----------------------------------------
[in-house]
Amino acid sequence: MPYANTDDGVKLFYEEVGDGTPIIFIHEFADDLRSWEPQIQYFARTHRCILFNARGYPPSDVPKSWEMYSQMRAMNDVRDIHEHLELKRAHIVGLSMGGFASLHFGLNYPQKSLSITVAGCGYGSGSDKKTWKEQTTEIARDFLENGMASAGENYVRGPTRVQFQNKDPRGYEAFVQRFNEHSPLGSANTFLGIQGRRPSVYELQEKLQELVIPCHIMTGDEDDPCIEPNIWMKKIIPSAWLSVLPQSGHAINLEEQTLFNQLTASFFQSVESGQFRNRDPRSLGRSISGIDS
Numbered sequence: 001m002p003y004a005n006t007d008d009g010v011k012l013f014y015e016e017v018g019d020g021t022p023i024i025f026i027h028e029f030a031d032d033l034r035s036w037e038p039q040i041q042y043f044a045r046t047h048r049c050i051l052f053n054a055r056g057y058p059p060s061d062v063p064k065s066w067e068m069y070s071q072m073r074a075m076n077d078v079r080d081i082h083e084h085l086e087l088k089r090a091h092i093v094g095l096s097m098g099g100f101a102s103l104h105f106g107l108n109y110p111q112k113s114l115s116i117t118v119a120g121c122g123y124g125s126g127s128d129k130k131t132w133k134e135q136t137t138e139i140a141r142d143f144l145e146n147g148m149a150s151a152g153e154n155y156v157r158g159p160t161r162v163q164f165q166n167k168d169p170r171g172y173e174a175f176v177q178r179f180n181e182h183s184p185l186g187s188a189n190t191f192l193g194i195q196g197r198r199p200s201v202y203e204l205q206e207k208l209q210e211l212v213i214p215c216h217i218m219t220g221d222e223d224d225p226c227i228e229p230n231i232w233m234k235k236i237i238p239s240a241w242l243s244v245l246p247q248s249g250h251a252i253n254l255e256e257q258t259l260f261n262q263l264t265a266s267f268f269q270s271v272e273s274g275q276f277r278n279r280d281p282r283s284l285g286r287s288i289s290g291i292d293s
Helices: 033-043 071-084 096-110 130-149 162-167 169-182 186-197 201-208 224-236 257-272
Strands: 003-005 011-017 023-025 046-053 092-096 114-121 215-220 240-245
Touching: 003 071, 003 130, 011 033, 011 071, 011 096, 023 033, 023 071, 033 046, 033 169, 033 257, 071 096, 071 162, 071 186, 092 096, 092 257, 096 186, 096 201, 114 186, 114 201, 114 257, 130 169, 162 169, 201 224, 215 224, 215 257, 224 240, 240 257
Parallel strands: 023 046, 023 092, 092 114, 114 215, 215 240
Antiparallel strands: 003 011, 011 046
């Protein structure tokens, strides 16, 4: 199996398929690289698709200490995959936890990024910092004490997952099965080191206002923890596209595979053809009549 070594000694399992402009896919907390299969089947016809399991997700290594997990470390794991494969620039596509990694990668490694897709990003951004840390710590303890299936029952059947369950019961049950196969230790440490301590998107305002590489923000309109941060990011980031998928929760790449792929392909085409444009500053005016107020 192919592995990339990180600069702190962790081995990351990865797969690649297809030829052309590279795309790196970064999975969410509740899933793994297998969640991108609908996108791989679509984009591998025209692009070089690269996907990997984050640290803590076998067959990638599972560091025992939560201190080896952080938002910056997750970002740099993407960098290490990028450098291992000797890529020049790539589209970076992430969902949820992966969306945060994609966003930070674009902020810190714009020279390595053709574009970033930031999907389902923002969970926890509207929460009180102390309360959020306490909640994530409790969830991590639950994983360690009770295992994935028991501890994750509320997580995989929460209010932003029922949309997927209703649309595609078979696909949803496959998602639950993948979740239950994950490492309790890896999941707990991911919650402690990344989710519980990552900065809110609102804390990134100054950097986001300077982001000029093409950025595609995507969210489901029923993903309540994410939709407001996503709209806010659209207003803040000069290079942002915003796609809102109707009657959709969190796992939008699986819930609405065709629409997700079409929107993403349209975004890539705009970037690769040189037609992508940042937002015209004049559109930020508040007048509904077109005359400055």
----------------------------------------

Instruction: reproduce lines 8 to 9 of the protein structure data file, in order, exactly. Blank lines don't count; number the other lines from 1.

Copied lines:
Antiparallel strands: 003 011, 011 046
């Protein structure tokens, strides 16, 4: 199996398929690289698709200490995959936890990024910092004490997952099965080191206002923890596209595979053809009549 070594000694399992402009896919907390299969089947016809399991997700290594997990470390794991494969620039596509990694990668490694897709990003951004840390710590303890299936029952059947369950019961049950196969230790440490301590998107305002590489923000309109941060990011980031998928929760790449792929392909085409444009500053005016107020 192919592995990339990180600069702190962790081995990351990865797969690649297809030829052309590279795309790196970064999975969410509740899933793994297998969640991108609908996108791989679509984009591998025209692009070089690269996907990997984050640290803590076998067959990638599972560091025992939560201190080896952080938002910056997750970002740099993407960098290490990028450098291992000797890529020049790539589209970076992430969902949820992966969306945060994609966003930070674009902020810190714009020279390595053709574009970033930031999907389902923002969970926890509207929460009180102390309360959020306490909640994530409790969830991590639950994983360690009770295992994935028991501890994750509320997580995989929460209010932003029922949309997927209703649309595609078979696909949803496959998602639950993948979740239950994950490492309790890896999941707990991911919650402690990344989710519980990552900065809110609102804390990134100054950097986001300077982001000029093409950025595609995507969210489901029923993903309540994410939709407001996503709209806010659209207003803040000069290079942002915003796609809102109707009657959709969190796992939008699986819930609405065709629409997700079409929107993403349209975004890539705009970037690769040189037609992508940042937002015209004049559109930020508040007048509904077109005359400055």